How long did the Roman Empire last?
The Roman Empire lasted about 450 years. It began in 27 BCE and ended in 476 CE.
The empire was built during the time of the civil wars, which followed Augustus’ death. Through a mix of military power and diplomacy, the Roman Empire had expanded to be on every continent by 117 AD. This made it one of Rome’s most powerful empires and an exploiter of its own advantage at different times in history, as well as pushing back against external threats like Western Germanic Tribes, peoples from Central Asia Minor, Sassanid Persians and Huns from what is now modern China or Mongolia with varied success throughout its life span due to being overstretched on some fronts such as the Danube frontier against barbarians at the time of Marcus Aurelius.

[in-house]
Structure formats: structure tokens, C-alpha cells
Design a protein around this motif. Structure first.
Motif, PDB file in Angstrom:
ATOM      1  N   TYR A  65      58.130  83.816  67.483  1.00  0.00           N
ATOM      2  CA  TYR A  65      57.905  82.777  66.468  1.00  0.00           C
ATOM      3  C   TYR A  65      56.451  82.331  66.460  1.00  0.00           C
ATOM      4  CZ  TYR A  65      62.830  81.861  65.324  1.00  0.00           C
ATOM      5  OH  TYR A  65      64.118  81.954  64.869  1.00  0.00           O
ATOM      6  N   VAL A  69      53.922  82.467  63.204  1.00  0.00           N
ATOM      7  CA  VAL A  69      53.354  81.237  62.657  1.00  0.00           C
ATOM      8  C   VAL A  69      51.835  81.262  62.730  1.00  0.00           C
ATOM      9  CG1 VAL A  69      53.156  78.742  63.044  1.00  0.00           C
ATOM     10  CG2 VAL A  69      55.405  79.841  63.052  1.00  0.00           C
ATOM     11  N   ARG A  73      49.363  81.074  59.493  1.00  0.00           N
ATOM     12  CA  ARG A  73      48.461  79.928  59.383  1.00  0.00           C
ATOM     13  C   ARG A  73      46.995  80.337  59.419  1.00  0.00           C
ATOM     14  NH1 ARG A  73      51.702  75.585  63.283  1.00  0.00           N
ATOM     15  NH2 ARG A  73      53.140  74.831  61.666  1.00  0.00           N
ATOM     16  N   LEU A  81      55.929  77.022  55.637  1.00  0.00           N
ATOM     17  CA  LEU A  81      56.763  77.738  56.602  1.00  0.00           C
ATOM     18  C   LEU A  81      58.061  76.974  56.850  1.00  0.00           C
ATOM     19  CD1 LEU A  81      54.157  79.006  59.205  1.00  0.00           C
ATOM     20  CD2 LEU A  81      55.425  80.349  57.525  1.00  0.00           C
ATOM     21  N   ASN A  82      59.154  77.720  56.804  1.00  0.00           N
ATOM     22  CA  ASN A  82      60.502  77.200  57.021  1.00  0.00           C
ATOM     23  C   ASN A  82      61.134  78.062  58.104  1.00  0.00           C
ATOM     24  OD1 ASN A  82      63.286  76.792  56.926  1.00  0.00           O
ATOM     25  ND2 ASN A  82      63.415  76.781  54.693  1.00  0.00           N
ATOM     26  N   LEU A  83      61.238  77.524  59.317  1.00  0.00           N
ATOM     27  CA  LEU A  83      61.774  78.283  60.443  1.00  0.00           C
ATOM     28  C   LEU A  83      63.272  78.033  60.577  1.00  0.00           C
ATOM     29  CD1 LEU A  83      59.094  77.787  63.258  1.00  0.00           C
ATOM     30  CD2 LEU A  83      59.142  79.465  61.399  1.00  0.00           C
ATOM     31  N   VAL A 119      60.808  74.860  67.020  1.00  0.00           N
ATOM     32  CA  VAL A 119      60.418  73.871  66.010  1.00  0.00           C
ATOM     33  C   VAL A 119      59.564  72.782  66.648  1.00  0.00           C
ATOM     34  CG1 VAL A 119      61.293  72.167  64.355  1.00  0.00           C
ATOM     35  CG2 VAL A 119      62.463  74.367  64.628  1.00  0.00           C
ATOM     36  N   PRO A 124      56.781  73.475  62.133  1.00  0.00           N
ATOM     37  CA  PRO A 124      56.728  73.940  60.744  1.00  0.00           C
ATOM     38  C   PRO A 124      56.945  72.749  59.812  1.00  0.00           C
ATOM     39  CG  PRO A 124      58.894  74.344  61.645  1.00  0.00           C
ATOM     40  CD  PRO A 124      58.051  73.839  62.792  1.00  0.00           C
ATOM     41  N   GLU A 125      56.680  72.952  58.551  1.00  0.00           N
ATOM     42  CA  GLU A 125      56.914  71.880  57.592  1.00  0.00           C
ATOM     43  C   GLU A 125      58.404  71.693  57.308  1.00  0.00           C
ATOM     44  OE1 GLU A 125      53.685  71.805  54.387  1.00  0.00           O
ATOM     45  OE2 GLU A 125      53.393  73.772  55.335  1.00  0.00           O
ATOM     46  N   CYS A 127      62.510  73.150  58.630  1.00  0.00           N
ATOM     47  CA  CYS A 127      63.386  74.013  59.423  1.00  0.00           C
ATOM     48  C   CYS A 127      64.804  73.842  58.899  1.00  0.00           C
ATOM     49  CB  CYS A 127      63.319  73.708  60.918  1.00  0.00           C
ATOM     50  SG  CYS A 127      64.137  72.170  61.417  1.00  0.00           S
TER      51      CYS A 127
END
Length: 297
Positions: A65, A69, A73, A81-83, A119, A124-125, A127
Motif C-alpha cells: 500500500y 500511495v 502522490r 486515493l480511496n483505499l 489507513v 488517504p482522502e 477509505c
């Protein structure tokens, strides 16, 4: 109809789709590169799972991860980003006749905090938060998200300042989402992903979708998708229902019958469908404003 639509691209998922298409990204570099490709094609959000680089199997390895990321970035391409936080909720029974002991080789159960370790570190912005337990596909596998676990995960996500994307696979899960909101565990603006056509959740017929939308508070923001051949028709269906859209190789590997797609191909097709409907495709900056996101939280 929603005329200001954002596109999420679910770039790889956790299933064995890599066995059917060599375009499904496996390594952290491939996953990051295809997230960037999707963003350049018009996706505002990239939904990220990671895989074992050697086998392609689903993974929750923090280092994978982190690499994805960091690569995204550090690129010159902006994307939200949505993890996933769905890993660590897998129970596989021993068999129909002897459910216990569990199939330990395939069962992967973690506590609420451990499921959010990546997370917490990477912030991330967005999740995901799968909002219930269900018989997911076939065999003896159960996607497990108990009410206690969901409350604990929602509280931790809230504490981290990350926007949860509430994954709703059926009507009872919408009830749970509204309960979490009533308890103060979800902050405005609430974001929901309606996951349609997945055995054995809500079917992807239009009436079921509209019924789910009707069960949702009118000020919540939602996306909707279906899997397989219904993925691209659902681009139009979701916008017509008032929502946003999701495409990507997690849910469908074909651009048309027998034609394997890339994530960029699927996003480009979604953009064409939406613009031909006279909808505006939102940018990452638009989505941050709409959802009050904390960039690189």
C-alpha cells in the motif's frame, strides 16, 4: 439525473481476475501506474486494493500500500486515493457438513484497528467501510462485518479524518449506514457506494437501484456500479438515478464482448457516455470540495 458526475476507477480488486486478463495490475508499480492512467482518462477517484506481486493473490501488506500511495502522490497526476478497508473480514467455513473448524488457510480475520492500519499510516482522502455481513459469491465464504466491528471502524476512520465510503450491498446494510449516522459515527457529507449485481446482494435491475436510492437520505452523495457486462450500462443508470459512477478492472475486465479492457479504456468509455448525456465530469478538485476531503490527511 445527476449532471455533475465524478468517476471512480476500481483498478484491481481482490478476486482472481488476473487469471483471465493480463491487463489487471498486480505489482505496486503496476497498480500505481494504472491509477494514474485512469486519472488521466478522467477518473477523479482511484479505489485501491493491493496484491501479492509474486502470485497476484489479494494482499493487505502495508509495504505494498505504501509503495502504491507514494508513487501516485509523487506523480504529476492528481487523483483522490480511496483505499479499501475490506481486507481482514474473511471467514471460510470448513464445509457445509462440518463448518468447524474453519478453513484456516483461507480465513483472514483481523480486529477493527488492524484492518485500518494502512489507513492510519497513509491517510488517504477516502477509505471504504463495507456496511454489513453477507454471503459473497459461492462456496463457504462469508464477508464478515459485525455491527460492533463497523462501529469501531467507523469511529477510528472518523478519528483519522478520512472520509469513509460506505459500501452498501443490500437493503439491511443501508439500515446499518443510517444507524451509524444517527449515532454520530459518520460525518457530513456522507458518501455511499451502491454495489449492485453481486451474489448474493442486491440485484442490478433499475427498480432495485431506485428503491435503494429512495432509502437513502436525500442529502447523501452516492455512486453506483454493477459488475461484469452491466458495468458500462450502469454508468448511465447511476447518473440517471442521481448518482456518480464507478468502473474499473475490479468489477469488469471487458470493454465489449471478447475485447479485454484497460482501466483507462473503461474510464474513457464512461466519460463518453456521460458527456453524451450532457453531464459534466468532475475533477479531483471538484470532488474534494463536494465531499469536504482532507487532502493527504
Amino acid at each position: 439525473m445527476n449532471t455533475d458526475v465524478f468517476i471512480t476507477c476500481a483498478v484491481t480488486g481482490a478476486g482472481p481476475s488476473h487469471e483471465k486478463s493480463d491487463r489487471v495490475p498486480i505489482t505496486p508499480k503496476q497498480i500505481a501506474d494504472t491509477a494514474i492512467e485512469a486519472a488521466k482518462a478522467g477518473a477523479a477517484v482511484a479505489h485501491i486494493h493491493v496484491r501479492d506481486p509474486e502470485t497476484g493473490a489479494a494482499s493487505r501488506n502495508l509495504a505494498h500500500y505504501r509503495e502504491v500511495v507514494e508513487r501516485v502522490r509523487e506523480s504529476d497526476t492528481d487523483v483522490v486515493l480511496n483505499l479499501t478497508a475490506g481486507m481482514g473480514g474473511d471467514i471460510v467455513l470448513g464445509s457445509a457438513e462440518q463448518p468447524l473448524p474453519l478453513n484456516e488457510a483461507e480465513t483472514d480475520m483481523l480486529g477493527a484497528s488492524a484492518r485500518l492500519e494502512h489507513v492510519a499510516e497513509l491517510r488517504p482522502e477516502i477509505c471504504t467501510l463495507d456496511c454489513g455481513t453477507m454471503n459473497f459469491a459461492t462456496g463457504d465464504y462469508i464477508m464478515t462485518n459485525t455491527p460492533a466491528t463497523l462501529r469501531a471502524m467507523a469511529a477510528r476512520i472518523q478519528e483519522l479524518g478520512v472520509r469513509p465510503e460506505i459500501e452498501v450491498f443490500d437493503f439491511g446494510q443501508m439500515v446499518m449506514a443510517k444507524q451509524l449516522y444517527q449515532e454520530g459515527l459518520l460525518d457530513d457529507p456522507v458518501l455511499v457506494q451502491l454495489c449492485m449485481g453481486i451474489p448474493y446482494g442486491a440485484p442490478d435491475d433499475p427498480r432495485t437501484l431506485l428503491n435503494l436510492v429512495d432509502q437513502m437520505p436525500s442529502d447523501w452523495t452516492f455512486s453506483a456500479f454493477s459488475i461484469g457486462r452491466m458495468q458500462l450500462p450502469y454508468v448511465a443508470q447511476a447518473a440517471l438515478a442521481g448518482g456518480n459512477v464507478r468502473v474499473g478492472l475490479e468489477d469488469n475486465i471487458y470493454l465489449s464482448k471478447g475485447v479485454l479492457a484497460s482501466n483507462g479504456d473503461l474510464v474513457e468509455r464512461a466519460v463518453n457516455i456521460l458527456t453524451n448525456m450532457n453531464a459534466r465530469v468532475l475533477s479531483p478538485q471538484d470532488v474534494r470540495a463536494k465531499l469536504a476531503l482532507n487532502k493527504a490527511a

The empire was divided among different regions and ultimately evolved into a decentralized state with a Western European culture during its last centuries. In its efforts against Germanic Tribes it was often at war from the Rhine to Constantinople, from North Africa to Syria, but this could never stop further incursions that finally brought its end.
In 476 CE, the last emperor of the Western Roman Empire was deposed by a German Odoacer while Romulus Augustus , probably a viceroy of Flavius Orestes, had already been deposed in 475 CE after a brief rule of 11 months. The Eastern half survived for another thousand years as what was left of the Roman Empire after the Crisis of the Third Century.
Some say that 476 is just a date chosen at random because it reflects less poorly on Rome than other dates, but this is simply not true. There are many important differences between what happened in 476 and earlier events that year that justify why later historians chose to remember this date as the Fall of Rome. For example, 476 was the first time an Emperor had been deposed by a German general on Italian soil. It’s also the year that Odoacer became the first non-Roman ruler to be accepted into Roman citizenship without being raised to the office of consul first.